A total of 15,000 health workers have not received their Covid-19 jabs despite the high risk of infection and death they face in the line of duty, according to government statistics .
The statistics, which the Ministry of Health released yesterday, also indicate that 112,608 (75 per cent) of the 150,000 health workers that the government plans to vaccinate, have either been partially vaccinated or not vaccinated.
This revelation follows past reports from the ministry that vaccine hesitancy is high among the frontline workers, a vice which some experts say has partly contributed to more than 50 Covid-19 deaths and thousands of infections among the personnel.
Speaking to journalists in Kampala yesterday, Mr Emmanuel Ainebyoona, the spokesperson for Ministry of Health, said only 37,392 health workers have been fully vaccinated against Covid-19.
“As of August 9, we have been focusing on our priority groups and we have targeted health workers. We have vaccinated 97,123 with the first dose and 37,392 with the second dose,” he said.
This means of the 150,000 health workers that the ministry plans to vaccinate, 134,515 have been vaccinated.
Receiving only one dose, according to the World Health Organisation, means the immunity of the health workers against the coronavirus is less effective.
Similarly, 15,000, who are not vaccinated, are at very high risk of developing severe disease and death in case they contract the virus.
The ministry earlier said inoculating the health workers against Covid-19 is aimed at shielding the crucial workforce from death and avoiding the collapse of the health system as the country grapples with the pandemic.
While still serving as the minister for Primary Healthcare, Dr Joyce Moriku Kaducu, in April 2021, warned that vaccine hesitancy among health workers would leave communities scared of taking the vaccines.
“Health workers are trusted people in communities. People follow them. How can you expect communities to warm up to the vaccine when health workers who need it most are not getting it? The low number of health workers vaccinated is a shame and needs to be addressed,” she said then.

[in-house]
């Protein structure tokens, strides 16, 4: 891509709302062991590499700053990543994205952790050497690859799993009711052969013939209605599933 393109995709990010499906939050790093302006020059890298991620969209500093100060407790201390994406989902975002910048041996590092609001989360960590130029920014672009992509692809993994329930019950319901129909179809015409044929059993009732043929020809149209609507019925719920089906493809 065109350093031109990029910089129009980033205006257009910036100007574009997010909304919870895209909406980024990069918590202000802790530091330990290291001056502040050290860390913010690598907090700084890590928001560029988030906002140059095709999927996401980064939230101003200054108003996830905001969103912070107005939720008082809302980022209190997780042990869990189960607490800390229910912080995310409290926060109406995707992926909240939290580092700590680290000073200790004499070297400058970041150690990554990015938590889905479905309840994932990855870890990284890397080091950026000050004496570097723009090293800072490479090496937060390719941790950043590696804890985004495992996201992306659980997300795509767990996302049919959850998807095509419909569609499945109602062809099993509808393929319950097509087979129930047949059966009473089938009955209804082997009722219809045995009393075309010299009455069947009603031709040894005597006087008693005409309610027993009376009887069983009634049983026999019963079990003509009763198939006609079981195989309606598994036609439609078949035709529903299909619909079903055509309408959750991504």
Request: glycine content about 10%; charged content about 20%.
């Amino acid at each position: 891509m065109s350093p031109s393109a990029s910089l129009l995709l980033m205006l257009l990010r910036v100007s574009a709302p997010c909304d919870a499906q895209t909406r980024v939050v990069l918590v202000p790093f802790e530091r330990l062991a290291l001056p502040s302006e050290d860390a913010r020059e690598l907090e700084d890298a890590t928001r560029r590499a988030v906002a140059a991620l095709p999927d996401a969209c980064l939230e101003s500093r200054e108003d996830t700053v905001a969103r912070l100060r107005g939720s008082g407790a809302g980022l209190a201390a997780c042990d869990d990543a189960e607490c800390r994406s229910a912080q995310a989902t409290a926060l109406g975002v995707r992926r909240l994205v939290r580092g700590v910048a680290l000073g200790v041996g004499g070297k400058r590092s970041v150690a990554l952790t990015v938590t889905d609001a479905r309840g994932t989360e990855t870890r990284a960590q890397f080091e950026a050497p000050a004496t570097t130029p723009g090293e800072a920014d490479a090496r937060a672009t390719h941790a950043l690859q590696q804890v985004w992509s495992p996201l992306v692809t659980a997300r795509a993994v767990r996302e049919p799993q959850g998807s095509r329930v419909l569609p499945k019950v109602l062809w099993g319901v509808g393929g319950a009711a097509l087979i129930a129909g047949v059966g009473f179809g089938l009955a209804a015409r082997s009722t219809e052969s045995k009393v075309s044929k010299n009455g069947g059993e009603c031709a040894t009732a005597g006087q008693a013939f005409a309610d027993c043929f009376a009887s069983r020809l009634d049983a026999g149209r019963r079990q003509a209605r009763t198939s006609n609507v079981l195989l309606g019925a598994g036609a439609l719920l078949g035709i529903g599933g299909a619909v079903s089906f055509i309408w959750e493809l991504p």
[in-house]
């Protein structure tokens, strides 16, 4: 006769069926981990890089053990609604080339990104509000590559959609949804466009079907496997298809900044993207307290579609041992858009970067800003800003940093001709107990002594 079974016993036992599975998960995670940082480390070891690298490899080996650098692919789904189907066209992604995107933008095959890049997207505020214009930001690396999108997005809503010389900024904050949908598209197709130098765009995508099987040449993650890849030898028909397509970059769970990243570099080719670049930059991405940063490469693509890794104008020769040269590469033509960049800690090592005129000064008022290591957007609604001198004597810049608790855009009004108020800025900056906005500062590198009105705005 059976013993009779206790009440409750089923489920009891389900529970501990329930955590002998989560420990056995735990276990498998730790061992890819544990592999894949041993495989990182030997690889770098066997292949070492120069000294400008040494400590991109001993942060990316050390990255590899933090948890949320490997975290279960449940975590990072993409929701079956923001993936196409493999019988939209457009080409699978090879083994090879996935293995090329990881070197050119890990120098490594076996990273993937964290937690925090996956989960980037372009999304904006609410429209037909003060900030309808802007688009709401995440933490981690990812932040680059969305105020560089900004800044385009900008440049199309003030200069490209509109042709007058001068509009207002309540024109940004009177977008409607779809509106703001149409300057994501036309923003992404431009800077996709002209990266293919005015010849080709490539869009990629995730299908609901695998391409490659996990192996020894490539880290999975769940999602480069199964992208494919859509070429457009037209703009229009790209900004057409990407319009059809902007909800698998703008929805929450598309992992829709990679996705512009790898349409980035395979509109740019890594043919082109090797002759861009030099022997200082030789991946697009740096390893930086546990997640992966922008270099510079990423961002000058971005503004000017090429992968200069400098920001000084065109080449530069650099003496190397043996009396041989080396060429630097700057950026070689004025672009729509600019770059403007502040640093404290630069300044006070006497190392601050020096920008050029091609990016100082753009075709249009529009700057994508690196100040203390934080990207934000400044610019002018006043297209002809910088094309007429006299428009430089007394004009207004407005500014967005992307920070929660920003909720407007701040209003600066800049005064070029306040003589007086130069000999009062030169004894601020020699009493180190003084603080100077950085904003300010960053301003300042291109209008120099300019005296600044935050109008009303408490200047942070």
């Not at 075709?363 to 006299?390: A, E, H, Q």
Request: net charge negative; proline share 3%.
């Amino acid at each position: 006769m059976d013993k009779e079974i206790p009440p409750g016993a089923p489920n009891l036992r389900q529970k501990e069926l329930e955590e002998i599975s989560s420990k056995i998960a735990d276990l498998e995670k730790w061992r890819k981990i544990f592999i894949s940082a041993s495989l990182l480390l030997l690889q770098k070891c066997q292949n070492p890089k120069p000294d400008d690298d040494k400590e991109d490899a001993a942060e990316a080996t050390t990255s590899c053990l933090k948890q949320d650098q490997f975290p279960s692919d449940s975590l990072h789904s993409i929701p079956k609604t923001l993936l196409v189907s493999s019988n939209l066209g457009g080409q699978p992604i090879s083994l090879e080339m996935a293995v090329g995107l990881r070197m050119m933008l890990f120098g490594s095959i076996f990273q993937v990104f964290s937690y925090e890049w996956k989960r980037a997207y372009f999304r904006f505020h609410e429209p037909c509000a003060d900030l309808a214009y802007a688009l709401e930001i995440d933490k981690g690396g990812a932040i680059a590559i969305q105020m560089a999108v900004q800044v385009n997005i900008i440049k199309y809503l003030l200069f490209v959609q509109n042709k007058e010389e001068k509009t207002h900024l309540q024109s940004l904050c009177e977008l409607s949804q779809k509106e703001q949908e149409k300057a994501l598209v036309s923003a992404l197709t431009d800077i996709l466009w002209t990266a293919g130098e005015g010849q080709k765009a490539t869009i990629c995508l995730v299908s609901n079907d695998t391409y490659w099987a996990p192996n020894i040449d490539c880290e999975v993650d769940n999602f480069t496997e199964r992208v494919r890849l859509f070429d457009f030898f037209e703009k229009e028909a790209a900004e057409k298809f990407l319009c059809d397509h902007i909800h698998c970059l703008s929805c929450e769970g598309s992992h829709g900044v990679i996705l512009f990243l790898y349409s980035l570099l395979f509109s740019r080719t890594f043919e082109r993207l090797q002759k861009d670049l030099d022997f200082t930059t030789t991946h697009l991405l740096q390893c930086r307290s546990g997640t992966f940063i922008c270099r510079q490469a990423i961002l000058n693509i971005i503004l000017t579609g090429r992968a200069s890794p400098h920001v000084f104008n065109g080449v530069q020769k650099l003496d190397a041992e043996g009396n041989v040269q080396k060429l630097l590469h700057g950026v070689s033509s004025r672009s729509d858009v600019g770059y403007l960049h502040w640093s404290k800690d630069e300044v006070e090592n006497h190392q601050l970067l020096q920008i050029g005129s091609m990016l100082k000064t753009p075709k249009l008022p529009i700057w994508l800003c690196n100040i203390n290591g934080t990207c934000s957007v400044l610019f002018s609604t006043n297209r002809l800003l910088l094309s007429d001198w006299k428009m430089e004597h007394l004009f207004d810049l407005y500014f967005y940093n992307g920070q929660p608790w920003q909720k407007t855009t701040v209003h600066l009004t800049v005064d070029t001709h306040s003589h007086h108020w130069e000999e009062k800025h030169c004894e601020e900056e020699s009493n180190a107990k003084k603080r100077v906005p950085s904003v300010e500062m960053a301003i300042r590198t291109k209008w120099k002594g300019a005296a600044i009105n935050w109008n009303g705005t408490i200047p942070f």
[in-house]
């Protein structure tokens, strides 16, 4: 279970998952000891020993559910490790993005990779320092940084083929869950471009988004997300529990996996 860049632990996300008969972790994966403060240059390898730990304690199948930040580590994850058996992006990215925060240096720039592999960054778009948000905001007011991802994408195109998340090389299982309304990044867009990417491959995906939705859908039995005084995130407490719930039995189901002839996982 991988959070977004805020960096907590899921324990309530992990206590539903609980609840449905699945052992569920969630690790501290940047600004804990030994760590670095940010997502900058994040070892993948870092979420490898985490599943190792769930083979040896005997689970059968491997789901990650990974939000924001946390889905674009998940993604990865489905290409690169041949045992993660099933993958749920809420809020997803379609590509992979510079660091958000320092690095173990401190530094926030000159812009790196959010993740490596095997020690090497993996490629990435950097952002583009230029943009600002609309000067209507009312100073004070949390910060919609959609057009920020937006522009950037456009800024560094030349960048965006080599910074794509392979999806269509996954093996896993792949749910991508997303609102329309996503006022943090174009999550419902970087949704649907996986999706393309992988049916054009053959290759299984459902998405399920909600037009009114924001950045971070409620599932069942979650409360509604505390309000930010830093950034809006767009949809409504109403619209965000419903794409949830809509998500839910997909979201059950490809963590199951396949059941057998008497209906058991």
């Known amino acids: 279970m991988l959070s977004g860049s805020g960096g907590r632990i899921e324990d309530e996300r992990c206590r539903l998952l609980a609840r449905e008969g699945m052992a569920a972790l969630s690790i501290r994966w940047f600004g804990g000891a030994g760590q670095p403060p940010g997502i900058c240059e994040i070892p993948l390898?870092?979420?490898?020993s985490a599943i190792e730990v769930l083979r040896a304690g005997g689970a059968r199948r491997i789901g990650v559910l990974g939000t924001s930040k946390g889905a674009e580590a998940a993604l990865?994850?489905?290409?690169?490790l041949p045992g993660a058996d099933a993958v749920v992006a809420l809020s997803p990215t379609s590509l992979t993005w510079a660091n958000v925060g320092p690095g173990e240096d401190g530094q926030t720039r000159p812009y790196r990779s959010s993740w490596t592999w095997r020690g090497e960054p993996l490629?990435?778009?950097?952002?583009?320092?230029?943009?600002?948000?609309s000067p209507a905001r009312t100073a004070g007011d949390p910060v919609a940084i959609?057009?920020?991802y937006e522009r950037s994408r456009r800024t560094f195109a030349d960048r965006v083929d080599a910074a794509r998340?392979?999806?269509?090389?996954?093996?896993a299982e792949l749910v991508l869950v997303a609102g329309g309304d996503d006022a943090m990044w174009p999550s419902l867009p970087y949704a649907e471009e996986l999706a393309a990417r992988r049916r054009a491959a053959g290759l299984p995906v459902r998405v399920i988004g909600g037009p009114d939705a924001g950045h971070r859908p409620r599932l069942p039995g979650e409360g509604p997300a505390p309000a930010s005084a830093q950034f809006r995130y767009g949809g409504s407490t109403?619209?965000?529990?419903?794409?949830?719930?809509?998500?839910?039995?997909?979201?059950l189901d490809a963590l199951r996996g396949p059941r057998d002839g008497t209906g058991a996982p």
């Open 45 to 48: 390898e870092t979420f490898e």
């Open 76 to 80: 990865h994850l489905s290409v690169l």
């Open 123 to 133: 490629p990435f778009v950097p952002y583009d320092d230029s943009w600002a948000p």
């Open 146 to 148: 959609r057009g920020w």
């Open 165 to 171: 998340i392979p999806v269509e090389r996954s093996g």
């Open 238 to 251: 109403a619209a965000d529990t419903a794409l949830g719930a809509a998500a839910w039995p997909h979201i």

However, Dr Mukuzi Muhereza, the secretary-general of Uganda Medical Association, like Mr Ainebyoona, yesterday said the problem had long shifted from hesitancy to shortage of vaccines.
Mr Ainebyoona said: “Since the second wave, we have seen an increased demand for the vaccine. The only challenge has been the availability of vaccines. Huge numbers of people are coming for vaccination countrywide.”
Dr Muhereza said there are structural issues that are hampering the vaccination drive.
“A district with more than 33 health units may have only five vaccination centres. So people [health workers] have to be ferried or they have to ride to the vaccination point and they reach when the vaccine is over. I will not fully blame the health workers for the hesitancy,” he said.
Dr Jane Ruth Aceng, the Health minister, has repeatedly said they were failing to bring in enough vaccines because of high global demand.
She said they had placed orders for more vaccines. The country was hoping to purchase vaccines from the Serum Institute of India, but the manufacturer suspended exports to focus on India’s population because of the spike in infections and hospitalisation.
The third rollout of vaccination, which started this week, will see the 586,080 doses of vaccines received last month from the global sharing initiative Covax and the Chinese government administered to the population.
Since the start of vaccination in March, the government has only managed to avail 1,725,280 doses of vaccines and the jabs were obtained through donations. The country has so far vaccinated 1,157,251 people against Covid-19, making the national vaccine coverage to stand at around 5 per cent, considering the target population of 21.9 million.